In the process of all this, Cooper got left behind. Outside. Out of eye sight. I didn't realize it for another 40 minutes. It was 90 degrees outside. The windows were shut, the a/c was on. I was distracted by a phone call and oblivious to the outside world. When I finally opened the front door to look for him, there he sat on the front step. With a dead chicken beside him.
As the realization sunk in, I panicked. I screamed at the dog. I ran outside and discovered he had gotten into their pen and killed them all (or so I thought--until I found one lone survivor who escaped into the garage and was huddling behind the table saw). It was morbid and disgusting, and I felt sick as I cleaned up the carcasses of five dead chickens. I was sure the other one fled while wounded and then laid down to die somewhere on our five acres. I figured I'd find it out on the mower in a few days. If I had had a gun, it would have taken a lot of self-control not to take the dog out back and shoot him in the head. I was so mad. I couldn't even look at the dog without spitting at him for three days. But it gets worse....
The next day I put the lone survivor out in the yard in the rabbit cage to graze. Husband hasn't finished building the coop yet, so they live in the garage at night in this rabbit cage for now. I placed the cage where I could see it from the front windows in the house. It was out of reach from Cooper's dog leash on the zip line Dear Husband put up for them. Baby could reach them, which I intended to remedy by shortening her leash, but hadn't gotten to yet. She never pays any attention to the chickens, so it wasn't a big concern. Cooper's had been shortened that morning already.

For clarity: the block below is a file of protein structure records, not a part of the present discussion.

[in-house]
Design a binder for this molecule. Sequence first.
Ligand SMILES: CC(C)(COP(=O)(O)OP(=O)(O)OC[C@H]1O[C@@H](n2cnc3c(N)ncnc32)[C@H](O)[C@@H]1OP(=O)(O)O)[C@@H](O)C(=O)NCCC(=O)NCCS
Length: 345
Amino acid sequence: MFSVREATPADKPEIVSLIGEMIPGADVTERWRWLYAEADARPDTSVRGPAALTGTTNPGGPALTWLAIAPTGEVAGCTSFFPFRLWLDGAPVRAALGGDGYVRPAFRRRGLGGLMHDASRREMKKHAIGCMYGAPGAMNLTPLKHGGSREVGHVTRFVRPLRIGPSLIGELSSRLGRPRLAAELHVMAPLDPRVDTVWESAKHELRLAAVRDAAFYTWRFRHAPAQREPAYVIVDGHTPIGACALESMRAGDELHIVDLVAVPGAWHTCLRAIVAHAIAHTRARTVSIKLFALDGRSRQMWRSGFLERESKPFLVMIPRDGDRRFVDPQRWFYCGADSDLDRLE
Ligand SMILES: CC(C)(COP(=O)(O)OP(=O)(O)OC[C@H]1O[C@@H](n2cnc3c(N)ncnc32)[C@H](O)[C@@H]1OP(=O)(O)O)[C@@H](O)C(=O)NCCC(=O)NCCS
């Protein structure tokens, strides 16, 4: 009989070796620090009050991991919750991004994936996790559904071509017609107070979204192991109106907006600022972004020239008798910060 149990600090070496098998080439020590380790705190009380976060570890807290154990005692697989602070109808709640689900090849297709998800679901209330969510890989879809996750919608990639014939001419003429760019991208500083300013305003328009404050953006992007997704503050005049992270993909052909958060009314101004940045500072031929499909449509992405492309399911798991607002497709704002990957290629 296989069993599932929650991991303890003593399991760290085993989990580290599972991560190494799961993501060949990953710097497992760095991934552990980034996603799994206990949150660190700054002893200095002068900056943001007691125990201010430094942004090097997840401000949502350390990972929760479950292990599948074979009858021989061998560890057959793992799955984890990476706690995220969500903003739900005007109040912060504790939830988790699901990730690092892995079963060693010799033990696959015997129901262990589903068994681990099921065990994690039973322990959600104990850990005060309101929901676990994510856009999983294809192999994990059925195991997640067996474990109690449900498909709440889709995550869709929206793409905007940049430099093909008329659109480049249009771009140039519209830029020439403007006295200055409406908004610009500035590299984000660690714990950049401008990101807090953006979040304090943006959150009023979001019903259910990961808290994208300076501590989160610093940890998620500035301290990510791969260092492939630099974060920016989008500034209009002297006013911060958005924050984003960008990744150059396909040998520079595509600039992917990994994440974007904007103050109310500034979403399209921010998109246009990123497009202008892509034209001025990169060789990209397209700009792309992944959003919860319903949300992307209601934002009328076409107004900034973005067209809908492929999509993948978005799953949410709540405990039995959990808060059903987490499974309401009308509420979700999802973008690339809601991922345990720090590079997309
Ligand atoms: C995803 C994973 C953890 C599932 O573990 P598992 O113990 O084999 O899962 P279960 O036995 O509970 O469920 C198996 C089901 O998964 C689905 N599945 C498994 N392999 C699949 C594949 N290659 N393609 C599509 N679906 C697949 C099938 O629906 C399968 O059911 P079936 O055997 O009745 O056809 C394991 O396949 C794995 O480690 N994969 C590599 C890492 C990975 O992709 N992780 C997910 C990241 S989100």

Unfortunately, I forgot that there were two different length dog leashes on the zip line. In a rush to get ready for work, I assigned Daughter the chore of putting the dogs on the zip line to go potty before I left. She arbitrarily put Cooper on Baby's leash. That meant he could reach the chicken cage. It would take me ten minutes to pull myself together for work. However, only five minutes into the process, Daughter came screaming into my bedroom, "Mommy Mommy Mommy! You are going to be sooooo mad! I'm afraid to tell you, but Cooper is playing tug-o-war with the chicken's head!"